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Two hands are better than one: Arizona Diamondbacks SS Chris Owings tweaks swing
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Two hands are better than one: Arizona Diamondbacks SS Chris Owings tweaks swing

SCOTTSDALE, Ariz. – Officially, Chris Owings singled in four at-bats in an Arizona Diamondbacks ‘B’ game against the Cincinnati Reds on Thursday at Salt River Fields.

It marked his first spring game, signaling the unofficial start of a new swing approach at the plate.

“I’ve been a finisher with one hand my whole career,” he said. “Now I’m trying to do two hands, and I think that is a big adjustment.”

The adjustment, which Owings has worked on extensively in batting practice, became necessary, both he and the D-backs believe, following offseason shoulder surgery.

Keeping two hands on the bat on his follow-through across the zone will help ease pressure on the shoulder.

“That’s the main thing,” he said. “It’s just that long backswing that I’ve had before and just trying to shorten it up and keeping two hands on the bat limits that movement. That’s one of the big things that I’ve been focusing on ever since I’ve been coming back. I think it’s been helping out.”

Owings hurt the left shoulder last June on a play at the plate. And when rest and strengthening exercises didn’t work, he underwent surgery on the labrum in a procedure performed by Dr. James Andrew on Oct. 2.

Since spring training began, the D-backs have been cautious with Owings, bringing him along slowly. Only after twice facing live pitching in batting practice did the team decide to insert him into a game.

“It was good,” he said. “It was just good to get out there and play a real game. I’ve just been sitting around watching all these guys get in there and get some action. It’s fun to get out there and compete a little bit.”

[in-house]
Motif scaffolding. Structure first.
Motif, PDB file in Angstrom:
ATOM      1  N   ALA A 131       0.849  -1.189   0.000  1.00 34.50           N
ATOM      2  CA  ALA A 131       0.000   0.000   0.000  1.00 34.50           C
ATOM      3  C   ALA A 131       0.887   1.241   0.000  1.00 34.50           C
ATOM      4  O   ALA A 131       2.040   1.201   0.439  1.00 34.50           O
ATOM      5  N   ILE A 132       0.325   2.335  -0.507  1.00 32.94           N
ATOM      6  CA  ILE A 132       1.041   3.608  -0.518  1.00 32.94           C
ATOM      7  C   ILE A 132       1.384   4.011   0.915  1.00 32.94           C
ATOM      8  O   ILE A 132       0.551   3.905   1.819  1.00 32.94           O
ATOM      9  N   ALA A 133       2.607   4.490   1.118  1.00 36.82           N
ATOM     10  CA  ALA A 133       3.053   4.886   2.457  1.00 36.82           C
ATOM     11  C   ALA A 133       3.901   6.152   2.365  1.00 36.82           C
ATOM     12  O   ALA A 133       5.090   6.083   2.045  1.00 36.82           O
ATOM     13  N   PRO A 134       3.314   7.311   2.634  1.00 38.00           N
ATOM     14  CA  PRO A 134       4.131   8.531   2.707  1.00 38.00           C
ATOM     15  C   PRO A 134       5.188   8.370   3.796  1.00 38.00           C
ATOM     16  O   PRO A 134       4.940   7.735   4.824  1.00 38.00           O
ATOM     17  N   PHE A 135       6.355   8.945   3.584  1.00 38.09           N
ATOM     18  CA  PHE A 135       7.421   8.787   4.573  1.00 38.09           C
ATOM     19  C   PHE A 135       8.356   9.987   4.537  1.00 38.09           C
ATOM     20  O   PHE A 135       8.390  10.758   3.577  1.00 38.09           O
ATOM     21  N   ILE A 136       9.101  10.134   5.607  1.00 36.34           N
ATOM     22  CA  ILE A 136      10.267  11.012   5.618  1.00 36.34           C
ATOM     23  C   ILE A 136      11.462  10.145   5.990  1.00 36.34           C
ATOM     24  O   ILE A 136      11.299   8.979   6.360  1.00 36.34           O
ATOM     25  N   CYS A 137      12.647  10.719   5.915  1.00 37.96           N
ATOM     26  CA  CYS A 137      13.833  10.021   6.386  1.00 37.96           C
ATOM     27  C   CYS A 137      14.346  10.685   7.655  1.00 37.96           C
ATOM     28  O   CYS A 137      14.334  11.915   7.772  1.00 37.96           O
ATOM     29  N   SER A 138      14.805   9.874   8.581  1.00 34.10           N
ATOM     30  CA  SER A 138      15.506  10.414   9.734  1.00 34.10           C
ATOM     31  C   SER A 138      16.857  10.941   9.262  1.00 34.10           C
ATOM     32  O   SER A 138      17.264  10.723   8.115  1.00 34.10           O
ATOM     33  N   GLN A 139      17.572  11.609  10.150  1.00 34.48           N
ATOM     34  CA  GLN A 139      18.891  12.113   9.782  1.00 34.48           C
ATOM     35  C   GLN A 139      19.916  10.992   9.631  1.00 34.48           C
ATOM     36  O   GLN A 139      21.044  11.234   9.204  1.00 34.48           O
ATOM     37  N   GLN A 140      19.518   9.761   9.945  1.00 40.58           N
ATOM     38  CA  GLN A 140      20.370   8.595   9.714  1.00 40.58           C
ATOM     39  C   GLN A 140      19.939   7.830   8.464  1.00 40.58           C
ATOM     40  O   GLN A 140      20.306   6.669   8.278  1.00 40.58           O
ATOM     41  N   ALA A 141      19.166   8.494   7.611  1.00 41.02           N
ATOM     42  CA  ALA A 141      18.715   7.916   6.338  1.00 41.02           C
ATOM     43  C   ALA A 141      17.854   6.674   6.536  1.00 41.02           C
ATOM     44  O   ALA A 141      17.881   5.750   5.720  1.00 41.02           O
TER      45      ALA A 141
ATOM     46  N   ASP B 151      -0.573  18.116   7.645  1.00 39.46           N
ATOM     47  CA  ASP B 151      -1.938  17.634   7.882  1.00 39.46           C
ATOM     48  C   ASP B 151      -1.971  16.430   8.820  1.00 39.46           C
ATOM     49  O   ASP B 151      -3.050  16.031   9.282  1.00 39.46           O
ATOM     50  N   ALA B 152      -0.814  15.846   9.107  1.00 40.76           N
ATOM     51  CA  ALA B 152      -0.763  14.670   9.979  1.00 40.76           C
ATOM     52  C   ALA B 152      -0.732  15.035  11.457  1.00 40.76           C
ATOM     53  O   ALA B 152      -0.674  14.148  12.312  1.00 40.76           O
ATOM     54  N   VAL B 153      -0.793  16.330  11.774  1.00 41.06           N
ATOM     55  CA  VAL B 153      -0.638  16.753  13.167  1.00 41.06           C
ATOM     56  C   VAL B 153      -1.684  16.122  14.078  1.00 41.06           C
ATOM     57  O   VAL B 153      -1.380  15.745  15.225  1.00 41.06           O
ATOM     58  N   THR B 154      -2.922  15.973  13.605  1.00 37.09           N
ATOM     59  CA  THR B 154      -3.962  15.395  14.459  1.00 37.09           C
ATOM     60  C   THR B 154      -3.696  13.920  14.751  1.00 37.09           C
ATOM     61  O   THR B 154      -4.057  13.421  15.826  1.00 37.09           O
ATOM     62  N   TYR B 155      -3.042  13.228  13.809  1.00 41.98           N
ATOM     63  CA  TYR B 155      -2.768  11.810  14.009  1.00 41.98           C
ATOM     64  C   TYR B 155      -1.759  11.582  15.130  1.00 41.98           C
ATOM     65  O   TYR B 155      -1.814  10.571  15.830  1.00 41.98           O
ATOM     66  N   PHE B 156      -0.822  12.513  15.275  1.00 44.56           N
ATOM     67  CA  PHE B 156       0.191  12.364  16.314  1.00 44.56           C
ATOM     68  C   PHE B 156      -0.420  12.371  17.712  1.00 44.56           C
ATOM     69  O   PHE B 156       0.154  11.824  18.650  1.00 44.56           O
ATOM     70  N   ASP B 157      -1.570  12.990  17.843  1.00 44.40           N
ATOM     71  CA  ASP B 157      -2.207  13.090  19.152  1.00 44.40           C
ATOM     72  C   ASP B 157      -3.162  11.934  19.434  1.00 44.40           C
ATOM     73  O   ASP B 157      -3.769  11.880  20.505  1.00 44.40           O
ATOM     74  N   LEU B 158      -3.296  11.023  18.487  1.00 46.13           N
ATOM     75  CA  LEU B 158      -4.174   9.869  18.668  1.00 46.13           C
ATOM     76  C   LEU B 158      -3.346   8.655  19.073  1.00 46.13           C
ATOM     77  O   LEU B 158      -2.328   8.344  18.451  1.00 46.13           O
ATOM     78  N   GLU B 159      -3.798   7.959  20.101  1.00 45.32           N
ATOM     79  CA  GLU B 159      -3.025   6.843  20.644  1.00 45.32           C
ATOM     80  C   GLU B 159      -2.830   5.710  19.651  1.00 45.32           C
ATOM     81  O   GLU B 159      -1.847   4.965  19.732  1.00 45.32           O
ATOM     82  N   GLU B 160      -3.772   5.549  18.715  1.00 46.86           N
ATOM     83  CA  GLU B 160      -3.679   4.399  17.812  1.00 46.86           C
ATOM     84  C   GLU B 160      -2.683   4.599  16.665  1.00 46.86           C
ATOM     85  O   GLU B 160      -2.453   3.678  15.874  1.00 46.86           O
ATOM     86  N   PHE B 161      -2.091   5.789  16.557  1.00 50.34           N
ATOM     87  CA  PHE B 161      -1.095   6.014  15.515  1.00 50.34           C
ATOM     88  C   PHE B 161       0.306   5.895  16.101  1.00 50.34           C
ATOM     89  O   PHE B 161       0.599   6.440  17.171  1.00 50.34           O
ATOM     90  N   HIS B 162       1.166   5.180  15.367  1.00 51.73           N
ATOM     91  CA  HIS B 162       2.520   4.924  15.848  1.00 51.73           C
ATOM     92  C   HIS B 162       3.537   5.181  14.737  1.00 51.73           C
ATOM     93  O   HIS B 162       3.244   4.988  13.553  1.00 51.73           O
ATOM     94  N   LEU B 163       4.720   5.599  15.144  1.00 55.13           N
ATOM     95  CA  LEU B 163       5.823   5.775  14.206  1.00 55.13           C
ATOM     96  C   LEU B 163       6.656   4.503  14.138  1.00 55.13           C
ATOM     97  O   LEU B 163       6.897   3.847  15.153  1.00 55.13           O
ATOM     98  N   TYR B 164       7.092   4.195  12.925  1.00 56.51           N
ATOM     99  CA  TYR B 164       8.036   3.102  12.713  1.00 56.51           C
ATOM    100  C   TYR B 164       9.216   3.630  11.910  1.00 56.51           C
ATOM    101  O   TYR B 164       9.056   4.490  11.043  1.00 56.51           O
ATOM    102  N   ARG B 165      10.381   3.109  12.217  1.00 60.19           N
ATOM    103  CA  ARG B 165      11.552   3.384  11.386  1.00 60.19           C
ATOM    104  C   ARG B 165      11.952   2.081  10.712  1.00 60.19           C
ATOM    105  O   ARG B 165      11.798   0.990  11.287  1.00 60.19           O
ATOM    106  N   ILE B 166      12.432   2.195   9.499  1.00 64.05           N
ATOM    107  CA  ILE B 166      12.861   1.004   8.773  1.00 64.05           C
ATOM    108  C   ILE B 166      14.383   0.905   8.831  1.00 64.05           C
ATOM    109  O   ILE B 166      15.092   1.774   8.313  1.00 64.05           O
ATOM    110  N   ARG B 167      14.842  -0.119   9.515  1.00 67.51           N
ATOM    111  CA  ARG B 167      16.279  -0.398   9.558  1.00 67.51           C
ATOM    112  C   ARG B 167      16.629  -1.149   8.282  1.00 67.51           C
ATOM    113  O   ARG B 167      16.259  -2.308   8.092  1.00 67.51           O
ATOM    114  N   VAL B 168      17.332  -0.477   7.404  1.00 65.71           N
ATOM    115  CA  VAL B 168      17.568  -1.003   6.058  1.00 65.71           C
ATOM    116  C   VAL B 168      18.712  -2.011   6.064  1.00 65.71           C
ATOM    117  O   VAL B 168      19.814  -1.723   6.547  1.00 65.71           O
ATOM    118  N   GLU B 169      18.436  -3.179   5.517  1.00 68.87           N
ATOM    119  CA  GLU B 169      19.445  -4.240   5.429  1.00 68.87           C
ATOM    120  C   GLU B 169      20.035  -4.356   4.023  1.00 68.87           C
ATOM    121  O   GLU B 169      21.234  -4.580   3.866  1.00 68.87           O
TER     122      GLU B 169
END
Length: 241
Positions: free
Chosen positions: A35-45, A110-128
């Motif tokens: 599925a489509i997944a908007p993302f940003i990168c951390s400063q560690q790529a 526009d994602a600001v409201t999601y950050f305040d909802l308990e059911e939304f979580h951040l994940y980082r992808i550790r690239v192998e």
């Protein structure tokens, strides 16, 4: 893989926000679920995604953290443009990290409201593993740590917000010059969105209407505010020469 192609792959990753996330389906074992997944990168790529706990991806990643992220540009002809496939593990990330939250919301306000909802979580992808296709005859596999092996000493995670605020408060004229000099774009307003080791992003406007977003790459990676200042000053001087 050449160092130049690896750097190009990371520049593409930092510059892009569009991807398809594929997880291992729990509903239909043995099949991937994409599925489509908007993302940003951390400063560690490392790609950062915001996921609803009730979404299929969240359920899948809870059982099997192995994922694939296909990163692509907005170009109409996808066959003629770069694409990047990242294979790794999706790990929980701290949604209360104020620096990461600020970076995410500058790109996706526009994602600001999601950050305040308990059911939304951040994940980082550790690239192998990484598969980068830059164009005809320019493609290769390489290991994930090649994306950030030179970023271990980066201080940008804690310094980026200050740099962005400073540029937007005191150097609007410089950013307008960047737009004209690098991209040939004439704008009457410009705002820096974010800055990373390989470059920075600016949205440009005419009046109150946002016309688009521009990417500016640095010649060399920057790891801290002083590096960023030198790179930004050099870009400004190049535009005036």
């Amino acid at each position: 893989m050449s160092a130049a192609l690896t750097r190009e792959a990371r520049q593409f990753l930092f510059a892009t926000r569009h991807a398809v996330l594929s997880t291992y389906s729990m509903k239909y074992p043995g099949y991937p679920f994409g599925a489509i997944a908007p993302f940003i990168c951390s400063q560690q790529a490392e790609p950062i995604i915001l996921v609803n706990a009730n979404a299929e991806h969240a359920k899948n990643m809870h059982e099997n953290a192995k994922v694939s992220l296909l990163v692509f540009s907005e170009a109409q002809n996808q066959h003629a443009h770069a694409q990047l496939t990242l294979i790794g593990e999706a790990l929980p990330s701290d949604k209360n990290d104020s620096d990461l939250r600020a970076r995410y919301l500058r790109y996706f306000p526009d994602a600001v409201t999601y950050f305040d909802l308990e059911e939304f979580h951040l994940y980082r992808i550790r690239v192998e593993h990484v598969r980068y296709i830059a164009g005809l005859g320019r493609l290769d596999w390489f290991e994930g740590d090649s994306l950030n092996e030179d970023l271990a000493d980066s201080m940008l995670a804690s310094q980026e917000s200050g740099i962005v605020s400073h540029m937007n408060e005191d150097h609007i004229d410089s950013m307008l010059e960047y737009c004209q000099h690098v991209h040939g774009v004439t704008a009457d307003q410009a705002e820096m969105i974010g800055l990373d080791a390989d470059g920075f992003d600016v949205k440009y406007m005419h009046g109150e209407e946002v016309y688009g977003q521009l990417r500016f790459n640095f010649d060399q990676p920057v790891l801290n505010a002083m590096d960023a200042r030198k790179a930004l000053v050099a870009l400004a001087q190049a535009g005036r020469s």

Owings laced a single up the middle in his first at-bat, drew a four-pitch walk in his second and then reached base two more times on an error and fielder’s choice. He played five innings, fielding his only two plays at shortstop cleanly.

“It was good to get out there and just play the game, not hesitate, take full swings, get some ground balls, slide at home,” said Owings, who scored three runs. “Those are all things that I just got to do for the first time and get out of the way.”

Standing on second base with one out in the second inning, Owings raced around third and scored on a fielding error by the Reds’ second baseman. He slid into home ahead of the throw in a play somewhat similar to when he hurt the shoulder.

“Just trying to pretty much just not think about it I think is the biggest thing,” said Owings, adding he needs to clear a mental hurdle rather than a physical one. “It was a freak accident when it really happened, so it’s just getting comfortable doing everything again and just not having it in the back of my head.”

The plan, according to Owings, is to take Friday off and then play another ‘B’ game or perhaps make his Cactus League debut this weekend, giving him yet another opportunity to work on his swing in a game setting.

“I’ve tried to do two hands before and it just didn’t feel right,” he said. “But now since I started over, kind of like starting from scratch, it has been a lot easier to do it. It felt funny doing it the first week or so, but after that I kind of stuck with it. I think it’s been a good adjustment.”